Julia Glenn, Extremis Technology

30 November 2014

An initial concept for a portable post-disaster shelter is now the foundation of Extremis Technology, a company worth £1.5m, with ambitions for further growth. But securing finance has been a challenge.

In 2012, Extremis Technology was an idea, an invention – not a company. Now, after two rounds of funding it’s valued at £1.5m, with its sights set on becoming a £40m business within the next five years. How? By choosing the right partners, attracting the relevant funding and, of course, having a product that’s clever and unique.

In fact Extremis has three related products, all from the same IP. Two – the Hush1 and the Hush2 – are robust, portable shelters, designed to be repairable and recyclable, for those displaced by environmental disasters or war. They can be constructed from flatpacks into homes in less than two hours – and the walls of the Hush2 can be quickly reconfigured to withstand hurricanes (the name of the product has its origin in “hurricane shelter”).

The third – the Push (or push-up shelter) – is a more commercial product, which helps make Extremis a more viable business. These can be used as temporary accommodation for workers, for example. 

And even before the Lowestoft-based company’s first order is complete, Extremis is continuing to focus on research and development, looking at ways to add on cooking facilities, water purification and waste disposal technologies, among others.

The speed of growth has been something of a surprise for the company’s chief executive Julia Glenn, who joined the company from a job in the city in 2012. But it’s been helped along by the fact the humanitarian aid market is “incredibly welcoming”. “It’s not the easiest market to sell to because of the decision-making process involved, but there’s a lot of good will,” she says.

That was proved by a visit from chancellor George Osborne early on. Now, she adds, “there are new opportunities presented to us almost on a daily basis”.

Funding struggle

But finding the finance to support growth has been a different story. “Raising money is incredibly difficult. There are always fashions linked to the general stock market and you can see a craze for apps and technology start-ups,” Glenn explains. “But when you have a really solid product, based on UK engineering, pretty much 100 per cent in the export market, [access to finance] is something that needs to be improved.”

Extremis was jump-started by a Smart Award from the Technology Strategy Board, and it has since secured funds from the Low Carbon Innovation Fund and the EU. 

But Glenn is critical of the fact that it’s too onerous to access the public funds set up to help small businesses. “You need to have three members of staff working on it for a month,” she says – and that’s a resource that this business (and others like it) doesn’t have. 

But the public funds that Extremis Technology has won have also attracted a small number of private investors and Glenn applauds their loyalty. “Those investors have strapped themselves in for the ride,” she says. 

Extremis has also called on the support of UK Trade & Investment (UKTI) and the Manufacturing Advisory Service – which is helping to identify the best place to manufacture the product, and advising on a possible licensing model overseas, so that the units can be built closer to deployment.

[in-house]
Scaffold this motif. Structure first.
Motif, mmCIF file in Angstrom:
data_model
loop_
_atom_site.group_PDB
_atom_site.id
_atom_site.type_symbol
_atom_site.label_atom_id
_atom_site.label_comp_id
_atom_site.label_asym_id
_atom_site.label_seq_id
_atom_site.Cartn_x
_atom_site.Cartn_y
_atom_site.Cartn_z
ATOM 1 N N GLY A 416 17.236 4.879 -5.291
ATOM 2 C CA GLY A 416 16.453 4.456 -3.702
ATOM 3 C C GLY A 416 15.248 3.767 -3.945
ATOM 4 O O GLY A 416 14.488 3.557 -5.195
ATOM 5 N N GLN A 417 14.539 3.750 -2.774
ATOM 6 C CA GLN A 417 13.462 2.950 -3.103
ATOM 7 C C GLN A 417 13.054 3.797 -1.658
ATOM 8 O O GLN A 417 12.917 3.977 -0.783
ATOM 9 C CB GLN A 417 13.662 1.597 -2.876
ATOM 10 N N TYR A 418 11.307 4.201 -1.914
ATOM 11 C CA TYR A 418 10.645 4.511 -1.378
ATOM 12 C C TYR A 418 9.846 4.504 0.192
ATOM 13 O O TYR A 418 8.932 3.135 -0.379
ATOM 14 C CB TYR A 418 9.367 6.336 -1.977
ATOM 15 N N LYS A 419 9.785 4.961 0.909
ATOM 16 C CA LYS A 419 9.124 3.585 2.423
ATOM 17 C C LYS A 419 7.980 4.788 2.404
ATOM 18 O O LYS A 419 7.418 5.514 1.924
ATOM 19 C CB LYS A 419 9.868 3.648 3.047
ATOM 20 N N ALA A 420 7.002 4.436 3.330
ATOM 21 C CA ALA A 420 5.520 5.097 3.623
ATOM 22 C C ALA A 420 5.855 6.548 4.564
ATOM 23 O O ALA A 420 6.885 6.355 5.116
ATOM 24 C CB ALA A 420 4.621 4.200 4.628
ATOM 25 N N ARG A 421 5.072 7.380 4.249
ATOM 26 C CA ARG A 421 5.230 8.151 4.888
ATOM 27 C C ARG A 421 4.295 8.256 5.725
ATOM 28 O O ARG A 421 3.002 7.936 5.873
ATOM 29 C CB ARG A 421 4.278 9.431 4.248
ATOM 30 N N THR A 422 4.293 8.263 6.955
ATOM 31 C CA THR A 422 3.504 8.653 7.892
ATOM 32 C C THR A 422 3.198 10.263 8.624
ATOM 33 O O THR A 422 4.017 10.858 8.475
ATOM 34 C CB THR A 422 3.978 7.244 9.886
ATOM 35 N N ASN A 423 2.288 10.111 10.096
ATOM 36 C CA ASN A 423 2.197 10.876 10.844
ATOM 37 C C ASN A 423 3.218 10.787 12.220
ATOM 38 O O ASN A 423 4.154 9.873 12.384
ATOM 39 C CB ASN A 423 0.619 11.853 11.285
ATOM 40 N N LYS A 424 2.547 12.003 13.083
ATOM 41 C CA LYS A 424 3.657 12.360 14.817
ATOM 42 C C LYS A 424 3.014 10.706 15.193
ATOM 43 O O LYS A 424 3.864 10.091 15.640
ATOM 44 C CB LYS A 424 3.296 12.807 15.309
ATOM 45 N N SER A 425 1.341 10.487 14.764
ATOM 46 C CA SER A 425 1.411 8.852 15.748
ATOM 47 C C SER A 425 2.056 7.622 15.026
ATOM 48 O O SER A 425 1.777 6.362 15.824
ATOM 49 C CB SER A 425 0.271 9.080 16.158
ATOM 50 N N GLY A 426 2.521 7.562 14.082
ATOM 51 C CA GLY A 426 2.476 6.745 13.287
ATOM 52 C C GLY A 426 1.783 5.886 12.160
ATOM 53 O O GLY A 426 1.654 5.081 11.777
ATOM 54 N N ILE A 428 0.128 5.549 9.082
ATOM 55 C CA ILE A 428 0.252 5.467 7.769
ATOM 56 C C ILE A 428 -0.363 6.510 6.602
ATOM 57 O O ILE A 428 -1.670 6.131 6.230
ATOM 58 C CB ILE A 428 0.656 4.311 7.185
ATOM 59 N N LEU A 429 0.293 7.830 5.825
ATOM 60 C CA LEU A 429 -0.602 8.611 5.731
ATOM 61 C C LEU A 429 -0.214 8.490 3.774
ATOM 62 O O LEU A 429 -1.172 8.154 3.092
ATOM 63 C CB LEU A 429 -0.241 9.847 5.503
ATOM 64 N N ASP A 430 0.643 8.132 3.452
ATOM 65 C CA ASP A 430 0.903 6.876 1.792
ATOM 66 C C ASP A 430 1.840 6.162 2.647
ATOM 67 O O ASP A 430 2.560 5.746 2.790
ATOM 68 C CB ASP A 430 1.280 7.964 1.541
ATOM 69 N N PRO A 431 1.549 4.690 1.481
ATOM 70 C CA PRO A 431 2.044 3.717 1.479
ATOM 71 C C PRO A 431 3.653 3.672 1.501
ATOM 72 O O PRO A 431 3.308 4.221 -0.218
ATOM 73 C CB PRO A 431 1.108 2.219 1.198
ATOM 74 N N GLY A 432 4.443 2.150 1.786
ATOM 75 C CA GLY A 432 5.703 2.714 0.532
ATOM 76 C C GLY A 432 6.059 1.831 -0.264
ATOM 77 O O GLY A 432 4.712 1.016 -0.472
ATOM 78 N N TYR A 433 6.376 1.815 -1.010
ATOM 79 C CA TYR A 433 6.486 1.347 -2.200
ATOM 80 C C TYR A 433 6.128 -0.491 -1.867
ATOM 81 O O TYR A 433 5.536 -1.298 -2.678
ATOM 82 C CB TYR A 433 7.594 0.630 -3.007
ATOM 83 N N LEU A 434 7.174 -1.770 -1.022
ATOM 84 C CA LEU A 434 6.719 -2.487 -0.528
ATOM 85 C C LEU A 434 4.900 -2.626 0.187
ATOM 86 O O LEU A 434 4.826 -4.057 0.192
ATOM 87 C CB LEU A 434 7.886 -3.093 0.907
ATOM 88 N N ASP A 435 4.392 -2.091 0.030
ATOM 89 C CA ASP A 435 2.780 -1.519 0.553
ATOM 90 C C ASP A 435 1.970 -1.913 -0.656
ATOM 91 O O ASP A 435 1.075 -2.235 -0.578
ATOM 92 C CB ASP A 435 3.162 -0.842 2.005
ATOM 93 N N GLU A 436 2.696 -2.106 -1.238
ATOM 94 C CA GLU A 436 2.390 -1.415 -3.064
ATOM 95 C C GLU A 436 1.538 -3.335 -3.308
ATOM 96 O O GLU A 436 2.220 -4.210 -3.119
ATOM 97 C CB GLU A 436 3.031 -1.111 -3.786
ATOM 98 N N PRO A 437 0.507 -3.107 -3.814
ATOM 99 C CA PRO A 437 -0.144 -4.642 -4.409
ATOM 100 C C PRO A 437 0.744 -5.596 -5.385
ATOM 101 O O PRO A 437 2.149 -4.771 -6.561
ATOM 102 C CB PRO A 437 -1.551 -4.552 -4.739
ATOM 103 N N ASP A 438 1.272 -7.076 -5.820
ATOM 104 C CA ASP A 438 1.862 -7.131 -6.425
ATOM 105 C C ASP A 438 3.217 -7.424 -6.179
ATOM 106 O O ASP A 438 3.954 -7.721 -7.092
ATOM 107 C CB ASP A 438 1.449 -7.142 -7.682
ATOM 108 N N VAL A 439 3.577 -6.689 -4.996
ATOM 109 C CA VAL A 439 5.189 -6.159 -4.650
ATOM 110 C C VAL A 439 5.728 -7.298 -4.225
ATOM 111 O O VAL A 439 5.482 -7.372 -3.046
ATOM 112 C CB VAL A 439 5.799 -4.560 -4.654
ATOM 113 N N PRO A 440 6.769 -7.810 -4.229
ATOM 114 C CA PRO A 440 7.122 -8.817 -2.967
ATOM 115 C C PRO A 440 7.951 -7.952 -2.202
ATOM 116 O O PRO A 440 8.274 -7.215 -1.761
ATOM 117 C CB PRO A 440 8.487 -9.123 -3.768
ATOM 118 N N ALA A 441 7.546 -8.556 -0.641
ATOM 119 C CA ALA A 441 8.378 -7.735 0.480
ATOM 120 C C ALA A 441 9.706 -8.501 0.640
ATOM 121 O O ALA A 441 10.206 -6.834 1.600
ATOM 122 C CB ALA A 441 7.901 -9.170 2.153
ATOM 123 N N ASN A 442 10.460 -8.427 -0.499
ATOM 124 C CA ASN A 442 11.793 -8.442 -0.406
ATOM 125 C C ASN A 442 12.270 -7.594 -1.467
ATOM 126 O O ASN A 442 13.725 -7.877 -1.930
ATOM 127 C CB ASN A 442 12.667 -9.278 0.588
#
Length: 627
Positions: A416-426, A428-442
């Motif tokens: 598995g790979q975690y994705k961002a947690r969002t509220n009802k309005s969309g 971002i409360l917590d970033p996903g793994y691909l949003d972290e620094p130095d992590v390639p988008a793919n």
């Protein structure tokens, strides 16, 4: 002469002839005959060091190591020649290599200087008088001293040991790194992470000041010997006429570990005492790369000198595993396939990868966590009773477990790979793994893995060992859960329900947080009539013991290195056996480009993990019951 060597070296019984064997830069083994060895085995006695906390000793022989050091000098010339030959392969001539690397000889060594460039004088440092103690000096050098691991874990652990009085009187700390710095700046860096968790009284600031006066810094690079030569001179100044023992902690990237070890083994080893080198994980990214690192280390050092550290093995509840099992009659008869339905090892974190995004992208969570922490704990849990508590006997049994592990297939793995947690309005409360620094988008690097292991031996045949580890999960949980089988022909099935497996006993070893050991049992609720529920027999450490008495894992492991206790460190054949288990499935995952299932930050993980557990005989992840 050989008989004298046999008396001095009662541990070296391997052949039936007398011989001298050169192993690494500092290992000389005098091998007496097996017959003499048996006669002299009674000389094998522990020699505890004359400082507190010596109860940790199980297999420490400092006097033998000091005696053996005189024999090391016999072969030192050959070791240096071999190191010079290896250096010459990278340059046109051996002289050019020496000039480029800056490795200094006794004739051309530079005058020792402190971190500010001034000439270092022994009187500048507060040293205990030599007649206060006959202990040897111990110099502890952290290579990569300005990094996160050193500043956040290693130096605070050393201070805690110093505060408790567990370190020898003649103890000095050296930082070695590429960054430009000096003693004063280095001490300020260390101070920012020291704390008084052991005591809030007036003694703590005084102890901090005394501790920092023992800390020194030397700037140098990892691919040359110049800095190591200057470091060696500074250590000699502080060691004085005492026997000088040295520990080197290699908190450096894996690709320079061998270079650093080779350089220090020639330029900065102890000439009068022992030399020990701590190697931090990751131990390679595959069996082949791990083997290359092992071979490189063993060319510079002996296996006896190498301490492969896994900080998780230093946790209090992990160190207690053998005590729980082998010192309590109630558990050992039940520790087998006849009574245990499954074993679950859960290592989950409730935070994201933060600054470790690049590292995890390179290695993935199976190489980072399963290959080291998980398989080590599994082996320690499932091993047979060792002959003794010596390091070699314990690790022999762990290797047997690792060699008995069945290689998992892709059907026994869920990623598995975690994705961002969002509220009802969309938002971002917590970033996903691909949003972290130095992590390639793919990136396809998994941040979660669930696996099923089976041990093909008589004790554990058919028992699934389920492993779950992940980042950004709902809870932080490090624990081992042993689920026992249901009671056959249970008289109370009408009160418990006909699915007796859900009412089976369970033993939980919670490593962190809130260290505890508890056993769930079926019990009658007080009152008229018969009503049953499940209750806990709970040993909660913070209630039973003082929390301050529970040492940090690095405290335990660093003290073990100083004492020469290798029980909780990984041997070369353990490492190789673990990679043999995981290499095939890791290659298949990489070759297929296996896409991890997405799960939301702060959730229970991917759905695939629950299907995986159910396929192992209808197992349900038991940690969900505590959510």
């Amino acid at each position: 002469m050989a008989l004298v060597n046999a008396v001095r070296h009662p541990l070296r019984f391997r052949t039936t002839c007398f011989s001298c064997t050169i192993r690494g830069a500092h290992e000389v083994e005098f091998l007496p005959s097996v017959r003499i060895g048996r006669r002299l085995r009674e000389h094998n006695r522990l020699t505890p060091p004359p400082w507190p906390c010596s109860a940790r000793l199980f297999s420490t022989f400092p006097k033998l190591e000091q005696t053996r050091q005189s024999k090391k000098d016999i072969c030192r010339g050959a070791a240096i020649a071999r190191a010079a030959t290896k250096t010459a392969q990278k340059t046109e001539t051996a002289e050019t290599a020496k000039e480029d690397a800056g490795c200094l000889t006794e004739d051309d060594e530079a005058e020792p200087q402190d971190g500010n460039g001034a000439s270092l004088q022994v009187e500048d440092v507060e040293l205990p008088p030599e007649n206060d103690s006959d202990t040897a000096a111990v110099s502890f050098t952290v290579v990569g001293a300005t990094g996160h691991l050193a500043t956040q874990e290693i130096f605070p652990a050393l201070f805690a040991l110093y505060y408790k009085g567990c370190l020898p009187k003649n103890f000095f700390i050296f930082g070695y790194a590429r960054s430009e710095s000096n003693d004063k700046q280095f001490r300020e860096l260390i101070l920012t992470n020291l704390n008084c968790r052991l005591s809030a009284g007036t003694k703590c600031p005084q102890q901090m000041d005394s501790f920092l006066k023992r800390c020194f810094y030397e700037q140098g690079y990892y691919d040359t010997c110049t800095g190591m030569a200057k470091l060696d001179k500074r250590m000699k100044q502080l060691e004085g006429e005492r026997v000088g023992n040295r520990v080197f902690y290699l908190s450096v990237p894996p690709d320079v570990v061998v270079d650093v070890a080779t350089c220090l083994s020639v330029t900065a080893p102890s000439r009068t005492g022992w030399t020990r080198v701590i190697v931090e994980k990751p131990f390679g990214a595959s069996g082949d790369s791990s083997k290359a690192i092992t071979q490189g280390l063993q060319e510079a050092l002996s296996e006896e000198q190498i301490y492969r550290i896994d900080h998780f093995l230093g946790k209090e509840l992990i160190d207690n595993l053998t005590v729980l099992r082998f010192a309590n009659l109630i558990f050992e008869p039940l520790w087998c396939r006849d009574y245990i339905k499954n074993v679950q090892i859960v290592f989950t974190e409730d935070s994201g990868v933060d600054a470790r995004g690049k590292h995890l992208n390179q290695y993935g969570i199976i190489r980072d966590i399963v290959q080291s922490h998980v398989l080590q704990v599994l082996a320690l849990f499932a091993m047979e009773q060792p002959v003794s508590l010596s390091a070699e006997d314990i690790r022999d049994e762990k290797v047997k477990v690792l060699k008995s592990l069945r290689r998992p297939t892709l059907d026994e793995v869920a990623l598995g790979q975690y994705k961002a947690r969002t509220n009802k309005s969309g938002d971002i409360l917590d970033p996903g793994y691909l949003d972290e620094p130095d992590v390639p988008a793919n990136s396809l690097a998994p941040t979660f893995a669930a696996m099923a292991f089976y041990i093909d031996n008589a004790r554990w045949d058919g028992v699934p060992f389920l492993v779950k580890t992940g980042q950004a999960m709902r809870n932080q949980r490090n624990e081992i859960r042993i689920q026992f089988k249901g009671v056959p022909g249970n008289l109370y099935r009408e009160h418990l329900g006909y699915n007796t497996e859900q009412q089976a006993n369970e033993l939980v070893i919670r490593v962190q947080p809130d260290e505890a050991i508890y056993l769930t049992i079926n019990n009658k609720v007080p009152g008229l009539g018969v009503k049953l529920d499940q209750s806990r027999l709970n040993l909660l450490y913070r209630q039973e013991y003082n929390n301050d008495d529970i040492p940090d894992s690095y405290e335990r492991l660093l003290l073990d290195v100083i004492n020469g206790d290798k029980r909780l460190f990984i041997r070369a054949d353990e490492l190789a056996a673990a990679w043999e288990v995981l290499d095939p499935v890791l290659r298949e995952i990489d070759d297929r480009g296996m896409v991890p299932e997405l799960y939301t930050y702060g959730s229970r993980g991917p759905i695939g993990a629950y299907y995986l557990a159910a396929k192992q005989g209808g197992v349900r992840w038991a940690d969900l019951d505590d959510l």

Progress through partnerships

Reaching out and working with others has been central to getting the company up and running, says Glenn. She talks of attitudes at a recent trade and export course where many of the other participants said business “is just about who you can make the most money from”. But her belief is that you make progress by building relationships. “And that’s certainly what we’ve tried to do.”

Extremis has a joint project agreement with ShelterBox, for example, which helps with product testing. The two companies are also complementary when it comes to disaster response, with ShelterBox offering an immediate humanitarian solution, and Extremis focusing on the subsequent transition period before victims return home or find a permanent new home.  

Glenn is on the steering committee of AidEx, a conference for the international aid and development community, where Hush prototypes have been exhibited. The design of the units has been adapted by working with international disability charity Motivation. The company has partnered with local builders RG Carter and Ridgeons timber and builders merchants on materials, and with Cranfield, Hertfordshire, East Anglia and Cambridge universities on research and development. It’s a member of Engineering and Physical Sciences Research Council’s Centre for Innovative Manufacturing in Industrial Sustainability, alongside industry heavyweights such as Airbus and Toyota. And Glenn also has the support of Adnams’ chief executive Andy Wood, who is a non-executive director at Extremis.

“By standing on the shoulders of giants you get to be taller,” she says. 

The company’s first order is from a US logistics firm, FMN International, which wants to act as a value-added reseller. “That’s another example of how to grow when you’re small – by finding others who you trust to give you a voice in other geographies,” says Glenn. 

It’s a demonstration of the flexible approach that has helped Extremis Technology to grow. But Glenn also highlights the value of perseverance. Working in investment banking in the City while she had young children prepared her for the necessary hard work and determination, she says. “You bang on the doors until your knuckles hurt and you don’t ever take no for an answer.”